A Torrent of Emotion
I try to avoid calling movies underrated or saying “Why is this not more well known?!”, otherwise, I would sound like the most malfunctioning record but as to why The Mortal Storm is not more famous goes beyond just my own personal preferences. The fact that Hollywood’s then biggest studio Metro Goldwyn Mayer would release an anti-Nazi film at a time when the US and Germany were not involved in the conflict; a movie which would then entice a country who were involved in a conflict of which the US had a neutral stance towards. To give some historical context, although it seems hard to believe nowadays, fascist and other Nazi-like ideas where widespread throughout the United States during the 20’s and 30’s (heck, just look at the film Gabriel Over the White House from 1933, also released by MGM, or the public initial backlash against films with anti-fascist sentiments such as Sergeant York or To Be Or Not To Be). Prior to the US involvement in the war, there was even uncertainty as to whether or not the US should take part in the conflict in Europe. This movie being overlooked is criminal. It deserves the special edition DVD treatment with documentaries behind its production. I’m sure there must be an interesting story behind the making of this film. MGM has generally been seen as a studio who played it safe, thanks in part to its conservative studio head Louis B. Mayer. So it comes as a surprise The Mortal Storm would come from this studio and they paid the price. The Mortal Storm lead to MGM films being banned in Germany. The word Nazi is never used once throughout the film, while the characters I can only assume are Jews are referred to as Non- Aryan. I wonder if this was done to prevent further controversy surrounding the film but it’s still an incredibly brave picture.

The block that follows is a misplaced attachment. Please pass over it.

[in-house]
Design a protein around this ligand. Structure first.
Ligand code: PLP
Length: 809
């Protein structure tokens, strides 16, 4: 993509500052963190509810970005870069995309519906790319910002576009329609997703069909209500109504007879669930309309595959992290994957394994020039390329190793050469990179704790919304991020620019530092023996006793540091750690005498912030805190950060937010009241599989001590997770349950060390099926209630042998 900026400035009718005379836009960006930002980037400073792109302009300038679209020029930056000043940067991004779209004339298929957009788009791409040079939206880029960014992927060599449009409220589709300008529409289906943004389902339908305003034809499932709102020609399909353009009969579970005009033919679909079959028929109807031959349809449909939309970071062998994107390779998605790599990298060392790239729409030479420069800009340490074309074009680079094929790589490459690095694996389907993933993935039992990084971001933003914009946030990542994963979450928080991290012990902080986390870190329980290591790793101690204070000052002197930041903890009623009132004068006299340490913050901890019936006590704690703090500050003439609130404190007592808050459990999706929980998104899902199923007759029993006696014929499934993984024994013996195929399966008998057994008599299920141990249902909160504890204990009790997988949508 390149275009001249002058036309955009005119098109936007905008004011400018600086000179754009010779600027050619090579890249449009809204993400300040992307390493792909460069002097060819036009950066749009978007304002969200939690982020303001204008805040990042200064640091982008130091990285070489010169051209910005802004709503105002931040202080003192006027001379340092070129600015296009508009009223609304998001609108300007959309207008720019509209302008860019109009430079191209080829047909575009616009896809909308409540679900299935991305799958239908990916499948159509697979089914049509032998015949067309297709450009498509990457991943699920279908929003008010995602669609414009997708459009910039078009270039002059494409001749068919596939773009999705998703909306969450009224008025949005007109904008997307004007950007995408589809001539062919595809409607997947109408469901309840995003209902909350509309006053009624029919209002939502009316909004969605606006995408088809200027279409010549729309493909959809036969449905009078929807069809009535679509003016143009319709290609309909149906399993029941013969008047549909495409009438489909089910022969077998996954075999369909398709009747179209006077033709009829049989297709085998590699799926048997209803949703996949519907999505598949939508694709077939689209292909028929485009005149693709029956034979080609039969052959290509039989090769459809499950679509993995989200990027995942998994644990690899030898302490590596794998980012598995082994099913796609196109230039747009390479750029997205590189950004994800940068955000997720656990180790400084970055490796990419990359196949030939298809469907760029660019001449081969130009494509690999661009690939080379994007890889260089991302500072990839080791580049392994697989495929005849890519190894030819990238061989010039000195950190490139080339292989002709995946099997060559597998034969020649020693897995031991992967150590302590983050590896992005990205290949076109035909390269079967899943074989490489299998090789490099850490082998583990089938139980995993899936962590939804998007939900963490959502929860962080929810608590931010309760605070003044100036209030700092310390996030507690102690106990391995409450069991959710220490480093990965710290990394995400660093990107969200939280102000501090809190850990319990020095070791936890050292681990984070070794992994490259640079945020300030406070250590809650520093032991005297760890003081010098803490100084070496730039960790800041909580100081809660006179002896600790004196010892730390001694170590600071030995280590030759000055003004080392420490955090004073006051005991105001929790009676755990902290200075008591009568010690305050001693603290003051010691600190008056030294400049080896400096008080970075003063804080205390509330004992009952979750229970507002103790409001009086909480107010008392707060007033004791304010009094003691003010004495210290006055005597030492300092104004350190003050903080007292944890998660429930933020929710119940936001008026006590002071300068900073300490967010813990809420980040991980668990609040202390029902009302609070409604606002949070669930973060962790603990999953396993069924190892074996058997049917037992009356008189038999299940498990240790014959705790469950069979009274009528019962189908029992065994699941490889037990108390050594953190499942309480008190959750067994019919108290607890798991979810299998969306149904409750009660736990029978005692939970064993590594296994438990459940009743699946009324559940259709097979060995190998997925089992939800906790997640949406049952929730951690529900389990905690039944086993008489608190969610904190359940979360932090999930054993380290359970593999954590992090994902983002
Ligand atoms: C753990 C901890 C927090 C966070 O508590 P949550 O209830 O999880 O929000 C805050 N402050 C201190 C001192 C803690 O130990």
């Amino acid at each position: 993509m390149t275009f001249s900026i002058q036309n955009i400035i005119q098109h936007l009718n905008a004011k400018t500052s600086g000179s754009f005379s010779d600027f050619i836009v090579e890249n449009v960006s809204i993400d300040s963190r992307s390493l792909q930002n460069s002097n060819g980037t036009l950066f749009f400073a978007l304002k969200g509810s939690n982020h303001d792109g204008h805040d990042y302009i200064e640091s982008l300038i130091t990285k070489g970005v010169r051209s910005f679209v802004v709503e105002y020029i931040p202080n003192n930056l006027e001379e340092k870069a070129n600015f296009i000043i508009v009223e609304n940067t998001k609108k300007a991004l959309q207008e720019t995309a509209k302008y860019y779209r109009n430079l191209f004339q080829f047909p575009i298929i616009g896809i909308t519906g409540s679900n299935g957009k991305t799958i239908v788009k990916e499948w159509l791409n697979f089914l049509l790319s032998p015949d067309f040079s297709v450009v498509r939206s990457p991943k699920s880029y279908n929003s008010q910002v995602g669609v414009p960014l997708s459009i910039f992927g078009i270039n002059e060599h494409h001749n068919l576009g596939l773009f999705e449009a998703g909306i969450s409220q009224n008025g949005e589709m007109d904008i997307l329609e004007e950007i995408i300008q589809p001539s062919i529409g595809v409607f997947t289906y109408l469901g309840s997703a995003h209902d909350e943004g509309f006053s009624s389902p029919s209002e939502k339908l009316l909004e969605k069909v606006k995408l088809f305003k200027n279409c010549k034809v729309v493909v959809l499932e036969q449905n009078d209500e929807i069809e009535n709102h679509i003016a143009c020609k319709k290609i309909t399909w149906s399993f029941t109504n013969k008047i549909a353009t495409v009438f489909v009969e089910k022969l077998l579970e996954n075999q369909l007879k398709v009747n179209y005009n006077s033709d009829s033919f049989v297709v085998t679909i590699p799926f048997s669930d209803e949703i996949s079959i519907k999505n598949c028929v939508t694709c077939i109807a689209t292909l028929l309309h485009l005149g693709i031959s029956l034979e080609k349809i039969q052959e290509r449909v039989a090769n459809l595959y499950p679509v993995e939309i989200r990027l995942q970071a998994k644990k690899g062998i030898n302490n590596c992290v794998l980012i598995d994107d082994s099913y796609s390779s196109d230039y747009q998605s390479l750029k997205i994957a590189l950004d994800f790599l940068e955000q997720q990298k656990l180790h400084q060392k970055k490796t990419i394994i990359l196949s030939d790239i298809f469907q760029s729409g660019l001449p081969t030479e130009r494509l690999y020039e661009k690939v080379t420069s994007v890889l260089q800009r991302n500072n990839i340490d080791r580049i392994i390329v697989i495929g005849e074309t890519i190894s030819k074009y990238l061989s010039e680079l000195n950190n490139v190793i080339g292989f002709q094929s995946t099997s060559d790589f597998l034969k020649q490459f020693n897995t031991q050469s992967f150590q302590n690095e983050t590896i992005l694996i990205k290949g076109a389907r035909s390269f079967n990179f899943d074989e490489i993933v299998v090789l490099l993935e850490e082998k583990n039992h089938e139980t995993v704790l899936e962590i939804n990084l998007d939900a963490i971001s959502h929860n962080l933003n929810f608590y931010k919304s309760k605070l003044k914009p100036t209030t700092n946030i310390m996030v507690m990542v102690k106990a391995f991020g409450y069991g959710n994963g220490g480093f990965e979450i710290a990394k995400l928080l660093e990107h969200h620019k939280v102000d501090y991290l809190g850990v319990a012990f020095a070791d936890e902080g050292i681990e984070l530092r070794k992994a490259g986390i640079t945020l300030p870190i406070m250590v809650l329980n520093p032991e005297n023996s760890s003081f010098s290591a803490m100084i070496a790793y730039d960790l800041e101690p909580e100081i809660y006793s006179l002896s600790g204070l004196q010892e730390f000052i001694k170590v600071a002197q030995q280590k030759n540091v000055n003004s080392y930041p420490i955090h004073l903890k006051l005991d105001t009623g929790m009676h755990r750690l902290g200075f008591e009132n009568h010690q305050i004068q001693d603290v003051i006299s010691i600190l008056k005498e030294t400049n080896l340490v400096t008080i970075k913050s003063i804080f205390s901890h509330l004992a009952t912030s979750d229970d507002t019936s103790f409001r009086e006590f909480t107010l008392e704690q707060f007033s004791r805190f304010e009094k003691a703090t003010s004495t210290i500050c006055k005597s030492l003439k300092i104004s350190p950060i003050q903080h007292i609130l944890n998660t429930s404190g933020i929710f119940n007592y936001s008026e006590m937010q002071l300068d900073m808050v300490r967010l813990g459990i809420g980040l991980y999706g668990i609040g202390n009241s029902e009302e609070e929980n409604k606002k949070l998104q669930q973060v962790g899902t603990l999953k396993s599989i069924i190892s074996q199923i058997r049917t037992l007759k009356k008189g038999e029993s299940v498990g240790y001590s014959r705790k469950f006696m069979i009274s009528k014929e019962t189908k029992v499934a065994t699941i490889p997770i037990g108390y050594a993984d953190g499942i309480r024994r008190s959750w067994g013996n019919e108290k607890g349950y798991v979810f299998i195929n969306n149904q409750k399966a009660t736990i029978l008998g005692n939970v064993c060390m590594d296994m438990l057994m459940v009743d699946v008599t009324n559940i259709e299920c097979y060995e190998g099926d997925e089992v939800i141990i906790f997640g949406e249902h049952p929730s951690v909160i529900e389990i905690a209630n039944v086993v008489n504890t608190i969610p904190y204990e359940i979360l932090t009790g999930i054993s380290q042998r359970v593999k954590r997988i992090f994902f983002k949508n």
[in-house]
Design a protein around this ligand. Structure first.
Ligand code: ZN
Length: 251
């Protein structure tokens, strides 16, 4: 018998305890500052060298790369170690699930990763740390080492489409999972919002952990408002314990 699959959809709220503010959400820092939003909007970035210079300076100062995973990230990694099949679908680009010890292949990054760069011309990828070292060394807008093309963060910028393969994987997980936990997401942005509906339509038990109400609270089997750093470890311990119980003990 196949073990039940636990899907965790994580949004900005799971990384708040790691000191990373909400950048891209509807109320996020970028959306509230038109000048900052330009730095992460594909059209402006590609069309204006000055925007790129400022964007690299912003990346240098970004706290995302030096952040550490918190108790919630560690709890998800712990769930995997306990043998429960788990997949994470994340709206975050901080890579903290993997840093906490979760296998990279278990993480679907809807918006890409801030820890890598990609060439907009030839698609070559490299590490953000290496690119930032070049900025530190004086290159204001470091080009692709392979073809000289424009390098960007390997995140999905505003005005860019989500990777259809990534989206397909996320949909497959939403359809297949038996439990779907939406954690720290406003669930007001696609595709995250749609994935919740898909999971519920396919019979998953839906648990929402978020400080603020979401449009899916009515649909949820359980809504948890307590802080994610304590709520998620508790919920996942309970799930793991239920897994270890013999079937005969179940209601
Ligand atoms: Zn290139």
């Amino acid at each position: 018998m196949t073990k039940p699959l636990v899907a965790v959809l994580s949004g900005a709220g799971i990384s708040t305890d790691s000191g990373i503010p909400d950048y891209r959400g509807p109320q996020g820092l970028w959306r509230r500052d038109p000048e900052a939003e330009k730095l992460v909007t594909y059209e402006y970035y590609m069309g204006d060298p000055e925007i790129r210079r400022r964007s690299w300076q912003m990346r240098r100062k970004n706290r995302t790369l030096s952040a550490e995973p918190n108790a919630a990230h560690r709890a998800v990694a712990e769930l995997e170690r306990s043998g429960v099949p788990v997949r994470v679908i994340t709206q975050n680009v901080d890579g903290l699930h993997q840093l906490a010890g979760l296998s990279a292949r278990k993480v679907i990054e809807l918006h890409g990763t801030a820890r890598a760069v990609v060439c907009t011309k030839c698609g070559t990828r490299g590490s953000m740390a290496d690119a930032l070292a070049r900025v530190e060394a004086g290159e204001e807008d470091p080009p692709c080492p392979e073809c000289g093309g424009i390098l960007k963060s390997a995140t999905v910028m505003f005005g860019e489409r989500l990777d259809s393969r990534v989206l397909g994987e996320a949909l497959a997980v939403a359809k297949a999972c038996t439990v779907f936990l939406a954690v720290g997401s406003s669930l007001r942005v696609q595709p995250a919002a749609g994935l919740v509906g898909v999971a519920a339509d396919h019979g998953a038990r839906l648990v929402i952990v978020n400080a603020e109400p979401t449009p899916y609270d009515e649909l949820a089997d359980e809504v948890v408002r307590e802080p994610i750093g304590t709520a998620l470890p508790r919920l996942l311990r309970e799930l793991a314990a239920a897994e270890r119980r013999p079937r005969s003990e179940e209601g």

The core story is about of Nazism affected common families and their friends. The Roths (Jewish I assume) are a happy picture postcard family one day, the next there are completely torn apart. The professor of the town’s local university is treated with the highest of respect one day, the next his students are boycotting his class after he states that science has shown there is no difference between the blood of various races. The Mortal Storm is a work of propaganda, not that there’s anything wrong with that. Propaganda is an art form in itself, one which tries to get an emotional reaction out of the viewer in order to convert them to one side. The Mortal Storm achieves just that. The tension during the film just builds and builds, ending in an ending which is one huge punch to the gut. Watching the film again in order to write this review I surprised just how engaging it was on a further viewing. There are many little touches I never noticed previously, such as when Robert Young’s character announces his engagement to Margaret Sullavan, James Stewart is the only character the room who does react with joy. Majority of the film is shot on sets with the use of painted backgrounds and miniatures, yet the whole thing still looks fantastic and looks more idyllic than real-world locations could. You really get a sense for this small town in the Alps. The only complaint if any I can find with the film is the opening narration at the beginning which is overly bombastic.
The casting of the previously paired Shop Around the Corner stars couldn’t be more perfect. James Stewart and Margaret Sullavan play two friends who are forced to become lovers due to the impending circumstances. I can’t recall any other movies which portray a love story like this. Sullavan often portrayed characters who represented bravery; her voice is so fragile yet powerful at the same time. The cast isn’t the only tie the film shares with The Shop Around the Corner; both films represent a European society which was on the brink of destruction.